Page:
In addition, for decades, the U.S. Armed Forces have identified predatory auto sales practices as the #1 source of financial readiness problems facing Servicemembers and their families. The San Diego Union-Tribune exposed similar practices, reporting that: “These days at Camp Pendleton and the [32nd Street] Naval Station [in San Diego], used car dealerships are the No. 1 money pit for service members, Maj. Daniel P. Harvey, a lawyer at Camp Pendleton, said....Harvey estimated that 450 Marines a year come to his legal-assistance office seeking relief from contracts riddled with high fees and interest rates....’Marines walk into a place that advertises $99 down and you can leave with a car...There was a Marine who bought a 1995 Neon, and between the cost of the car and the interest rate, that car was going to cost $45,000.’ The vehicle is worth $2,000 to $3,000, according to Web sites such as www.edmunds.com and www.consumerguide.com. Harvey said the Marine is bound to pay the $45,000 unless the used-car dealer decides to let him off the hook.”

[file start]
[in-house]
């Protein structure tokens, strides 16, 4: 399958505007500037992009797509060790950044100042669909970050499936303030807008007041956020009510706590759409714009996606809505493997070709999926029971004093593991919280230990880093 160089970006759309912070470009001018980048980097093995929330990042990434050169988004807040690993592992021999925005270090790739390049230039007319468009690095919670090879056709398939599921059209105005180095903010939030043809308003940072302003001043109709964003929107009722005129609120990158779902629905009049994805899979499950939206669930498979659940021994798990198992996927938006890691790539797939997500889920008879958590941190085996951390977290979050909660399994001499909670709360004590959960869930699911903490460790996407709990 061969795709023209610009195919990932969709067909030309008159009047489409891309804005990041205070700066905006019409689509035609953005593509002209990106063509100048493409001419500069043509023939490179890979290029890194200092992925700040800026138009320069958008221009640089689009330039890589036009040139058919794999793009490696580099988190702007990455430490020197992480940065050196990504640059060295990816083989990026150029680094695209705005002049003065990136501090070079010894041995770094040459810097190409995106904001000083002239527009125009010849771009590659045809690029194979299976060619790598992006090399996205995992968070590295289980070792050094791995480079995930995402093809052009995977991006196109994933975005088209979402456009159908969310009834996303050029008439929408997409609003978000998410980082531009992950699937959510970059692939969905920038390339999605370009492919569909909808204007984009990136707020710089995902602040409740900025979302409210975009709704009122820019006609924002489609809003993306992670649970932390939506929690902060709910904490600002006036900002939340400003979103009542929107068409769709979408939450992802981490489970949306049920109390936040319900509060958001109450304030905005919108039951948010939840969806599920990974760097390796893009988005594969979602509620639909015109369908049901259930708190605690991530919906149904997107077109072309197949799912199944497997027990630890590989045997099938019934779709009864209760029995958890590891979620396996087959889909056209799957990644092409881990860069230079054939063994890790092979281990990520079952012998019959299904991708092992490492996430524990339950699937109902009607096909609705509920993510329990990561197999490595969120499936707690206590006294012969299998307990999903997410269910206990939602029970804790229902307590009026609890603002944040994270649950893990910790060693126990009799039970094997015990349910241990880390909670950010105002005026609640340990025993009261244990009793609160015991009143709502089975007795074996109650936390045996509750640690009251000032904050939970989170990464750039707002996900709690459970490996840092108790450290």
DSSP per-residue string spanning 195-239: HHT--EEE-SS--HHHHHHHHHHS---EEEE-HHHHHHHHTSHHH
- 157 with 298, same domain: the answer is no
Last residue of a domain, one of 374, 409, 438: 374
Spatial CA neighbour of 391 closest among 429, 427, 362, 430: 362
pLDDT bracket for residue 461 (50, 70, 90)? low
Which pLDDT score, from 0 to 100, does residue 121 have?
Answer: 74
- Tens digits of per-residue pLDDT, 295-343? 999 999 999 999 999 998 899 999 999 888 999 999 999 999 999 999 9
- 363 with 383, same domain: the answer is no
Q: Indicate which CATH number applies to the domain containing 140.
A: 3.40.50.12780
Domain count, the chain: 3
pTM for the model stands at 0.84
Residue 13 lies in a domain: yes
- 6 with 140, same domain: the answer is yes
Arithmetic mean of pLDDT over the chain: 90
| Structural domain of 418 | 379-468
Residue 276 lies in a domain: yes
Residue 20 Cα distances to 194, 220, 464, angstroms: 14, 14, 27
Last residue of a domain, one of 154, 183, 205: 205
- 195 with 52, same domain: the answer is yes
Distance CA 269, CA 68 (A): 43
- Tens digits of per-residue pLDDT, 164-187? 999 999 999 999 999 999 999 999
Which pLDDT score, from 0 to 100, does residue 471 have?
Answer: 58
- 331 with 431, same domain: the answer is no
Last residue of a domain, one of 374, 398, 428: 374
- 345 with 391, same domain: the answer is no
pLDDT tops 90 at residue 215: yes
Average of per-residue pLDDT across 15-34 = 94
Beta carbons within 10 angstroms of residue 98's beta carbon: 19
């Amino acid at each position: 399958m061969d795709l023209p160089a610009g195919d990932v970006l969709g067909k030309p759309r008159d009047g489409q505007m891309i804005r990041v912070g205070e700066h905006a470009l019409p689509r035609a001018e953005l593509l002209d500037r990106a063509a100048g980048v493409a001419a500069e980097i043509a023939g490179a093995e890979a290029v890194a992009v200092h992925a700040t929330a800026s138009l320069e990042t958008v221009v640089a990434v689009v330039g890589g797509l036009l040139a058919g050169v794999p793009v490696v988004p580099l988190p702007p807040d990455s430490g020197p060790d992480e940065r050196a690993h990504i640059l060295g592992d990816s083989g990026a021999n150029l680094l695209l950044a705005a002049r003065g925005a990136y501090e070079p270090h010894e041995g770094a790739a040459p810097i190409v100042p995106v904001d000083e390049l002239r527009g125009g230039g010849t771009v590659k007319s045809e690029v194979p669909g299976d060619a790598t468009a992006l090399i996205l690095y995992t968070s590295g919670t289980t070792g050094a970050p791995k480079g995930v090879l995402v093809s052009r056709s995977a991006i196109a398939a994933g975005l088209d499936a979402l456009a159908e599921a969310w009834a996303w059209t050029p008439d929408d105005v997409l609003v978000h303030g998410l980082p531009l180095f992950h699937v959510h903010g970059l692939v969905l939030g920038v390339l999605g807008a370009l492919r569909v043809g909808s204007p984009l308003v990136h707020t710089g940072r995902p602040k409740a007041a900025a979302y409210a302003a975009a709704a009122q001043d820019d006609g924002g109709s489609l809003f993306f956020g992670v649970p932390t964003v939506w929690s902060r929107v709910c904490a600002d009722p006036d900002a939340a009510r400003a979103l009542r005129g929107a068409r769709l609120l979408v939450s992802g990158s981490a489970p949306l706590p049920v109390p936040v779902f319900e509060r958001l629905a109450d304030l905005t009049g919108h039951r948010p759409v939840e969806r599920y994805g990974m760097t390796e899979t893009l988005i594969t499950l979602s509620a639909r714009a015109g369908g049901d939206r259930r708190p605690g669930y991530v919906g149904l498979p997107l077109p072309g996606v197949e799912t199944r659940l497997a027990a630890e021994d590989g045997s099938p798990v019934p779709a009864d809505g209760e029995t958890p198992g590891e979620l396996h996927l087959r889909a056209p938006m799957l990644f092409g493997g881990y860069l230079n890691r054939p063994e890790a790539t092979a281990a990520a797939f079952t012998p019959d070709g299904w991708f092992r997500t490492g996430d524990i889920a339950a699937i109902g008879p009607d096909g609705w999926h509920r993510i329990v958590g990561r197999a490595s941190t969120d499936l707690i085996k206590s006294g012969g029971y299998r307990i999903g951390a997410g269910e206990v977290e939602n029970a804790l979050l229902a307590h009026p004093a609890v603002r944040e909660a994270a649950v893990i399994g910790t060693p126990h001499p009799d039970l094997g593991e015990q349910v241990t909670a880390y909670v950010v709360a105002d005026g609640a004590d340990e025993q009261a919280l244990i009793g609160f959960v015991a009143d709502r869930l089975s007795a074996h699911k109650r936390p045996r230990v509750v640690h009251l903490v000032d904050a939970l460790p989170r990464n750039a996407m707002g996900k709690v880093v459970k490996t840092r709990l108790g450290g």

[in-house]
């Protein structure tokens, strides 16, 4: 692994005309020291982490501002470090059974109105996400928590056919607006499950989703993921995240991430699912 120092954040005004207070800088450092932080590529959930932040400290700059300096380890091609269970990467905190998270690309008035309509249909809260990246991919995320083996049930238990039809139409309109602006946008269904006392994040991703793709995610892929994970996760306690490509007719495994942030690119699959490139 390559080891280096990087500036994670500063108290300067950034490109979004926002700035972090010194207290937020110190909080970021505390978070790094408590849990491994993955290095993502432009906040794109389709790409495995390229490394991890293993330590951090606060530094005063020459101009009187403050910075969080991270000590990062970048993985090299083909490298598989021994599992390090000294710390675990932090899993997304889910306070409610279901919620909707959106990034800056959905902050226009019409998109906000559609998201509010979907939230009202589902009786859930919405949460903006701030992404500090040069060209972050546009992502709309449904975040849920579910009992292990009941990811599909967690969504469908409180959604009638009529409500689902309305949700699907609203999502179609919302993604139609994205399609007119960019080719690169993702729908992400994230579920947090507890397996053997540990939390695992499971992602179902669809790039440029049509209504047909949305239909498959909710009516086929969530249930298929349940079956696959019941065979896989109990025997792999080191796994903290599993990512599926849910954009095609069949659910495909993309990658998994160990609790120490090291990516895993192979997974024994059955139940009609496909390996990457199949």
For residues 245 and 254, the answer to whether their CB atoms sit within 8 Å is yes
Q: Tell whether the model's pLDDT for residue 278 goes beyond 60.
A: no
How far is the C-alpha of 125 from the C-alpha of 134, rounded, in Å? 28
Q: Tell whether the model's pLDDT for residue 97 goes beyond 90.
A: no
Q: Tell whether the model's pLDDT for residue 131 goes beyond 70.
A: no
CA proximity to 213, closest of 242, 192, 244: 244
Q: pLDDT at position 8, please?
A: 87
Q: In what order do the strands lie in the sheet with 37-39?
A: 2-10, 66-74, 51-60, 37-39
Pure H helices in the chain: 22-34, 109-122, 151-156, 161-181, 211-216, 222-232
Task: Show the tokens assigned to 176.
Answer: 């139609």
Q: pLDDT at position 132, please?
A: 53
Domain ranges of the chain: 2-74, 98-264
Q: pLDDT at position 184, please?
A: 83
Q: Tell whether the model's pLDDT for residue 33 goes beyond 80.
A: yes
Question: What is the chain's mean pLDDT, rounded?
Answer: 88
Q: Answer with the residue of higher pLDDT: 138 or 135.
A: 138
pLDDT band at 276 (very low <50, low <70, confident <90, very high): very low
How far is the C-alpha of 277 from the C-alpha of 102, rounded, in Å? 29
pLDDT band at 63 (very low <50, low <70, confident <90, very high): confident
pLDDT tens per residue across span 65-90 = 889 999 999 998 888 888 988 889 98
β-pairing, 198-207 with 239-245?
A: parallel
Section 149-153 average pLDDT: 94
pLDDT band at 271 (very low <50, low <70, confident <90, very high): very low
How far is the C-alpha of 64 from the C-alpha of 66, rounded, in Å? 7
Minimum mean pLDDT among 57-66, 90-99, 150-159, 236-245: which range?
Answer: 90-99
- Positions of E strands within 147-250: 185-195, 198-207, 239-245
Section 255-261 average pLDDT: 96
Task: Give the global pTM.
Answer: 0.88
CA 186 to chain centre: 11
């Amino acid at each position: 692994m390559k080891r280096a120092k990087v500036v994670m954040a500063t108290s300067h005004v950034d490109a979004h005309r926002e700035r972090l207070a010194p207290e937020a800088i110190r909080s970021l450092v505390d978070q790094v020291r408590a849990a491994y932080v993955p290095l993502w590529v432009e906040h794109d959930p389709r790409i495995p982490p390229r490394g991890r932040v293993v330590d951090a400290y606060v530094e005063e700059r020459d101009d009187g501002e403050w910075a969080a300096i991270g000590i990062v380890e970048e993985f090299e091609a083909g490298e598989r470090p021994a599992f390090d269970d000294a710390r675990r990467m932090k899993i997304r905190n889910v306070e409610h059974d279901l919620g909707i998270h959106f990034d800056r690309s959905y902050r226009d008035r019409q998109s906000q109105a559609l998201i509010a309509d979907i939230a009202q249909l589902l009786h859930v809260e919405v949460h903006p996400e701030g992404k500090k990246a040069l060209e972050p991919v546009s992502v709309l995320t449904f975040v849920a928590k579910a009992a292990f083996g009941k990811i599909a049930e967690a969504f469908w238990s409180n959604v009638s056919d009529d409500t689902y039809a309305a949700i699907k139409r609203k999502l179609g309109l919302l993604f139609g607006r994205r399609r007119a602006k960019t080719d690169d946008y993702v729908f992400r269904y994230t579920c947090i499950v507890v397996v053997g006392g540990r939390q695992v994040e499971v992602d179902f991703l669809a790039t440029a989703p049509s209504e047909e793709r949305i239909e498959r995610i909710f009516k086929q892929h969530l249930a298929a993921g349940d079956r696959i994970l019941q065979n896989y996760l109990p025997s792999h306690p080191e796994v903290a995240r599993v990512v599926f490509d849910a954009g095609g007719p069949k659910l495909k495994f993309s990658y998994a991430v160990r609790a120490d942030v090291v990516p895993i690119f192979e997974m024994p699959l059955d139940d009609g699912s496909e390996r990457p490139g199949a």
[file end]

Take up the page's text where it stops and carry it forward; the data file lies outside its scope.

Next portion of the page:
Supporter Torrance Area Chamber of Commerce writes, “Buy Here, Pay Here used car dealers are a largely unregulated industry that has taken advantage of a gap in regulations to prey on desperate workers and low-income families. These dealers target people who need cars to get to work and manage the daily necessity of life, but cannot quality for conventional car loans. By financing cars at interest rates of 30 percent or higher and marking up by 200 percent the value of aging cars, these dealers make it impossible for these customers to keep up with their loans which often leads to default. This business model allows the dealers to keep any down payments and cash installments made and re-sell the vehicle to another buyer.”